“As an introverted creative, you have the ability to truly hone in on your crafts for hours at a time without getting tired an distracted.”

The Introvert Advantage and Creativity

For those introverts who create professionally, they can leverage their solitary nature to obtain mastery levels in any area of creativity they pursue.

The introverted personality is adept at concentrating for long stretches of time without feeling drained or losing inspiration. She is at an advantage for reaching mastery-level competency in any creative activity she puts her energy toward. This is the introvert advantage regarding creativity.

An introvert can get lost in her creative work. With her favorite cup of tea and trusty laptop, she’s able to bang away at an article on a subject she is passionate about. She gets consumed with creating special jewelry, hours passing as she arranges beads, stones, and gems into intricate and wearable art. Or she could find herself hours in a design application composing sharp brand collateral for a client.

Self-Validation vs. External Feedback

Another advantage the introvert has in the area of creativity is the ability to self-validate her work. Because the introvert is comfortable with her own thoughts and inner life, she might not be as inclined to seek external validation or acceptance for her creativity.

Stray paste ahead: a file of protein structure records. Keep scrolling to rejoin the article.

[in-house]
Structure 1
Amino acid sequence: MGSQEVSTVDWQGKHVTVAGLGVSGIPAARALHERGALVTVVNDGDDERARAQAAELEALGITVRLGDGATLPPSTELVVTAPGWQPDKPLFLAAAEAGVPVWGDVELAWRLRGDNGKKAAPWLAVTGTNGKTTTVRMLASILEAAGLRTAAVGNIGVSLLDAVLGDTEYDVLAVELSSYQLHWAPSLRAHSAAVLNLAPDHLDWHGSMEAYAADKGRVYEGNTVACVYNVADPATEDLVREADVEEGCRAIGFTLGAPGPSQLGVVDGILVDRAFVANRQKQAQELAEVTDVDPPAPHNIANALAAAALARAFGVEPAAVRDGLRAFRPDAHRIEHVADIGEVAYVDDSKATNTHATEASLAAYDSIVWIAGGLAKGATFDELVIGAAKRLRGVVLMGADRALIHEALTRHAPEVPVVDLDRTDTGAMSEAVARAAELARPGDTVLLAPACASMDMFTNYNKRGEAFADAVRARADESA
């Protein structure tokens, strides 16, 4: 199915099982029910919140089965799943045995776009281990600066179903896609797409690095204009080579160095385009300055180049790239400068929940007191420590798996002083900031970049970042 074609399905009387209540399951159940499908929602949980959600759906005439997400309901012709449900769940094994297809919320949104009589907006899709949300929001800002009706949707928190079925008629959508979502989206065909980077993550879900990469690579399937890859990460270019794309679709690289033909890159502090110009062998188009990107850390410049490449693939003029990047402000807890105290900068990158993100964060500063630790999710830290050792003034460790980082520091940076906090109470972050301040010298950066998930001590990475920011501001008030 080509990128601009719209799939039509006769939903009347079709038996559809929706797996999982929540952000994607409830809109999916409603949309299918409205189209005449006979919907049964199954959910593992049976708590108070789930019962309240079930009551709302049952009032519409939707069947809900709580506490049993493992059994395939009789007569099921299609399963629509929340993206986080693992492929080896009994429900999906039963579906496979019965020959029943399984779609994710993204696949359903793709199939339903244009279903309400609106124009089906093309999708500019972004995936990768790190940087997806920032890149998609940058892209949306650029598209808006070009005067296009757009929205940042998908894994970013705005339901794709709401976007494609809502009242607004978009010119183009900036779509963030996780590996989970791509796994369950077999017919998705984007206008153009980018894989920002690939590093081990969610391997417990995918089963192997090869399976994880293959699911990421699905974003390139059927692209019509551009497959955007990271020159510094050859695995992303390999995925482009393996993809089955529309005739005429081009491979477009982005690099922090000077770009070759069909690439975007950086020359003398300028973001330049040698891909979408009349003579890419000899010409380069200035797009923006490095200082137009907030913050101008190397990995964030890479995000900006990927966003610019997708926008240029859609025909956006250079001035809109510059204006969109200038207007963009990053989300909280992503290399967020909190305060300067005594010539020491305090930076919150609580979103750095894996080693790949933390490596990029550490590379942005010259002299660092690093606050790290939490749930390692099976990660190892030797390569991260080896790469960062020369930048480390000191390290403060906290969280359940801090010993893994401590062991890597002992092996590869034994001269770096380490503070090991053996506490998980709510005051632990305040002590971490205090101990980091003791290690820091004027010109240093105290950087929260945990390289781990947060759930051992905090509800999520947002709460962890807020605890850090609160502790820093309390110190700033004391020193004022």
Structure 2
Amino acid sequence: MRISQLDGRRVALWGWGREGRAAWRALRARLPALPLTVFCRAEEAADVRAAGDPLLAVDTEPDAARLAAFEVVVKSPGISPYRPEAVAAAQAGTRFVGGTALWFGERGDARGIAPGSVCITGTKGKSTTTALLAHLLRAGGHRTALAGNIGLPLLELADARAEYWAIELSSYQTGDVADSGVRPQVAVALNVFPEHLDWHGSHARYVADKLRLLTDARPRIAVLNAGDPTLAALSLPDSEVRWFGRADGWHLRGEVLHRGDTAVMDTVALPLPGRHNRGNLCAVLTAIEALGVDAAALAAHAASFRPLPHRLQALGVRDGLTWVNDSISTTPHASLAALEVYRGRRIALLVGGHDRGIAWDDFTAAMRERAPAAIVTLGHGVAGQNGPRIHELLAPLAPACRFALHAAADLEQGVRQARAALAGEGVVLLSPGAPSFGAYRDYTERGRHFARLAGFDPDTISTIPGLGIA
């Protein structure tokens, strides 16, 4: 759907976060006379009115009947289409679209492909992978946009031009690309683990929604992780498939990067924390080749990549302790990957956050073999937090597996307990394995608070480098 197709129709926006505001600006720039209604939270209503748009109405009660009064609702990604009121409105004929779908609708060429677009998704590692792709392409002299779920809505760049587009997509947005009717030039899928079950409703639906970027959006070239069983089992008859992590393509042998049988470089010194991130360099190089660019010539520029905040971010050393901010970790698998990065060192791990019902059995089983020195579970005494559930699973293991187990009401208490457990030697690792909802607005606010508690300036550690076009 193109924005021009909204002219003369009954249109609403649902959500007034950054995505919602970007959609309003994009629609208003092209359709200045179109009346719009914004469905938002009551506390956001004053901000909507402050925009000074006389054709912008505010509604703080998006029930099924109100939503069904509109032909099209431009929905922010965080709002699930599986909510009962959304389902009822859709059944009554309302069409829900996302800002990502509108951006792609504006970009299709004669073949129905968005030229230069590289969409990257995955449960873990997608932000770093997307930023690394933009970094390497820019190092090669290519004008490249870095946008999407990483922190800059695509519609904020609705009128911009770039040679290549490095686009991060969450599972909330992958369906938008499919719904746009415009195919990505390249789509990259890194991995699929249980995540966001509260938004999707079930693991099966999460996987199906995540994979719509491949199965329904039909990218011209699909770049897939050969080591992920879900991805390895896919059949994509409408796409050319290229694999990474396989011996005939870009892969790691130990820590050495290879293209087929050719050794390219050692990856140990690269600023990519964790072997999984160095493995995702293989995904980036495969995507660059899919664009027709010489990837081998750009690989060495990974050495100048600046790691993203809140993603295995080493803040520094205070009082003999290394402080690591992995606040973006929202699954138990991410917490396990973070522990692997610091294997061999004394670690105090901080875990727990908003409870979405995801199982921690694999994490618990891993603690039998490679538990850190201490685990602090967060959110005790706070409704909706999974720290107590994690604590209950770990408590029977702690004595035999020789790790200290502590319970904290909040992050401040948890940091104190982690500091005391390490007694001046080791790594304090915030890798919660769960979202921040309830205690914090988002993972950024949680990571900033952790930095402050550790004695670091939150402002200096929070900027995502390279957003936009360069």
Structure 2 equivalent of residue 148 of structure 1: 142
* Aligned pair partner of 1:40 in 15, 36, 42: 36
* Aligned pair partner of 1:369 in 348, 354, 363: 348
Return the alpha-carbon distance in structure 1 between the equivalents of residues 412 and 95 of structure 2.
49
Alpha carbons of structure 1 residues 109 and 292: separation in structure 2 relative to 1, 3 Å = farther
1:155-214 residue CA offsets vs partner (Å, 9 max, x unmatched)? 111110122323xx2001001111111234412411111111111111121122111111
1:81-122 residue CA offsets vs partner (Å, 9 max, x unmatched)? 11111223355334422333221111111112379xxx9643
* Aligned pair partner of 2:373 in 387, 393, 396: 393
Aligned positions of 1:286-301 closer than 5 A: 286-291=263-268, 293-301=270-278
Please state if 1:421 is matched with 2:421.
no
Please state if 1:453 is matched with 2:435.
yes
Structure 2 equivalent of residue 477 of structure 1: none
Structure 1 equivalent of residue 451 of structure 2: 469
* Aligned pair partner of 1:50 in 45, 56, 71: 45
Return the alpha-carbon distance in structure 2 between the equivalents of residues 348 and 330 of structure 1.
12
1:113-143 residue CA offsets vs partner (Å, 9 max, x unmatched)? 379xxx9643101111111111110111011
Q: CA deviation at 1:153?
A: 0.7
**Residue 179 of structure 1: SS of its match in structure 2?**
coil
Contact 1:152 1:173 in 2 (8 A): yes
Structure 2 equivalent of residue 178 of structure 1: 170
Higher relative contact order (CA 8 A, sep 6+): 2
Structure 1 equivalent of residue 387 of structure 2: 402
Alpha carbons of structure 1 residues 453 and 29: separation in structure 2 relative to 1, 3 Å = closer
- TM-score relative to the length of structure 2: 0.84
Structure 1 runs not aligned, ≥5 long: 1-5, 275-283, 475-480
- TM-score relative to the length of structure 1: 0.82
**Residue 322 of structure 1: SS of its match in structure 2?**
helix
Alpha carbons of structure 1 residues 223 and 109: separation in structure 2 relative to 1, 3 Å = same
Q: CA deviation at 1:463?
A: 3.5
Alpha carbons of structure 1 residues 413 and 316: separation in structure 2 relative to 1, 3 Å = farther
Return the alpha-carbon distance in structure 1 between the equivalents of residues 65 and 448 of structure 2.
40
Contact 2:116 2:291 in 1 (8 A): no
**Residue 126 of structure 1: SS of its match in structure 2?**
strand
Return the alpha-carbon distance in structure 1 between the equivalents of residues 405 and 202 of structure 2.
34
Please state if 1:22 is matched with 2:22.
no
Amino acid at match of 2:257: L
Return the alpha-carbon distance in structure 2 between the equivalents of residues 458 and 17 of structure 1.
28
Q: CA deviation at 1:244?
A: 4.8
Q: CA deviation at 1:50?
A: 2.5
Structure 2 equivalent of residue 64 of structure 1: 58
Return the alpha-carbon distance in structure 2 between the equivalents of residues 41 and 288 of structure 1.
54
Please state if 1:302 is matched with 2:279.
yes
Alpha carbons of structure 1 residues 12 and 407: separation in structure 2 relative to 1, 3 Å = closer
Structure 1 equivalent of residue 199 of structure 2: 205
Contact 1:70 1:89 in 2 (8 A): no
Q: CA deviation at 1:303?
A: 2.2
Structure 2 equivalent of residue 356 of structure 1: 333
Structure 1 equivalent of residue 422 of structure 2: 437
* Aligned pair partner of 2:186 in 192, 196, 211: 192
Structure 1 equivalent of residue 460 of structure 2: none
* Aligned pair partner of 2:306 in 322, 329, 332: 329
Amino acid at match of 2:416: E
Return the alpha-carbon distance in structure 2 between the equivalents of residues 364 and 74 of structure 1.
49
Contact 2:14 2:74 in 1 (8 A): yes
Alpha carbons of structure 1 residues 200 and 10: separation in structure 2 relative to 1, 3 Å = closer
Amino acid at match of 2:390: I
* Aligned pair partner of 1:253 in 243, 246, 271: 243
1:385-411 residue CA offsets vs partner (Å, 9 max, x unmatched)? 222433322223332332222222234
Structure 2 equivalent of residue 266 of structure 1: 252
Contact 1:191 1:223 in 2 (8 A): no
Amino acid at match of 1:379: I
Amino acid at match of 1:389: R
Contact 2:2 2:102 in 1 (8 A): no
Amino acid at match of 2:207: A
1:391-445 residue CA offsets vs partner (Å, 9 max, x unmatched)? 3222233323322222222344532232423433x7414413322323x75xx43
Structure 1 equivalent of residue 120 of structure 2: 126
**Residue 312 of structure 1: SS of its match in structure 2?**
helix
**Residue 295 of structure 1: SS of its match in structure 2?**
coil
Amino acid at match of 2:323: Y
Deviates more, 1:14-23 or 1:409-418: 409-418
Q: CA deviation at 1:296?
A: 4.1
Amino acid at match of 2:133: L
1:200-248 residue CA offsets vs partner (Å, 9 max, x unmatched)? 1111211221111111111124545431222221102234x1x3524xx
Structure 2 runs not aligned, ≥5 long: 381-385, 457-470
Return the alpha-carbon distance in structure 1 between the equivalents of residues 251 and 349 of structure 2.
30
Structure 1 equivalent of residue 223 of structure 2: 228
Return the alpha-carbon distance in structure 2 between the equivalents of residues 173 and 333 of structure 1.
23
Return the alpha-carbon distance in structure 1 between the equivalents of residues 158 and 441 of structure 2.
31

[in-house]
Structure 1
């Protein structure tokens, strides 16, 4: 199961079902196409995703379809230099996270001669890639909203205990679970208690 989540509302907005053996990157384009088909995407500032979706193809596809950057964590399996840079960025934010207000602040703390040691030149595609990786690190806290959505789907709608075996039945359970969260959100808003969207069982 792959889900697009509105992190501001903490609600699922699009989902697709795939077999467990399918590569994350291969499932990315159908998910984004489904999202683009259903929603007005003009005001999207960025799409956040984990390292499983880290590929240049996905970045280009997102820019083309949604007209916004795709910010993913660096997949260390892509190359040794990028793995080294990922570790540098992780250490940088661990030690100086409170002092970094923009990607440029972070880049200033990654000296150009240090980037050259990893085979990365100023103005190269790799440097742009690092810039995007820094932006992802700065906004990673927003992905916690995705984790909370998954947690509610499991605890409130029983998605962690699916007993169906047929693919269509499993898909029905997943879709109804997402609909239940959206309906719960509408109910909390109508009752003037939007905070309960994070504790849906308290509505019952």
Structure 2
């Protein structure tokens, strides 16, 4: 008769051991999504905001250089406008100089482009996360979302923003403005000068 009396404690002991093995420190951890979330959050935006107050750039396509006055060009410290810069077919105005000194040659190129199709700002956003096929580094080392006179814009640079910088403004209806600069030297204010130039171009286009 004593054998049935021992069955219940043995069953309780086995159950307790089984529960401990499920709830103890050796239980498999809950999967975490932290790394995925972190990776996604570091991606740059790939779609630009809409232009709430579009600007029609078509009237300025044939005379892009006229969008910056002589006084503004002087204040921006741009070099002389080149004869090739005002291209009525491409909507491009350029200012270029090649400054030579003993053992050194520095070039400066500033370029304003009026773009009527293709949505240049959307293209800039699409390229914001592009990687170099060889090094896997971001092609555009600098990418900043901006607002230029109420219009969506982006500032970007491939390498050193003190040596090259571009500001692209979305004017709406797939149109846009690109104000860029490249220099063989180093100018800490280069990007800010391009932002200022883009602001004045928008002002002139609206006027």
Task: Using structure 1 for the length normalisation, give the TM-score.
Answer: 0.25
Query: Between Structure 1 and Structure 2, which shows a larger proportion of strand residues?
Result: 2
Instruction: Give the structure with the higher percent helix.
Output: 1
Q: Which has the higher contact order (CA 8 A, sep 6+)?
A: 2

The dismissal of external validation encourages more creativity and unhindered self-expression. The creative introvert, already being astute and perceptive, can provide her own feedback by gauging her work in comparison to others and aligning her standards accordingly.

In other words, she trusts her artistic muse and her capabilities.  

However, if not self-aware, the creative introvert could miss some valuable feedback from outside sources that can give her a new perspective and a creative edge.

Introverts need to understand that receiving constructive outside feedback will not dampen their creative flow. By intentionally soliciting feedback, you can sharpen your critical eye and refine your artistic work. Be sure to connect with people you trust and who will give you constructive help to push your creativity further.

“The creative introvert, already being astute and perceptive, can provide her own feedback.”

Create Alone, but Shine with Others

Creative introverts also have to be sure they don’t isolate themselves, especially if they want to pursue a creative profession. Networking with like-minded individuals in similar fields is critical to your growth as an artist.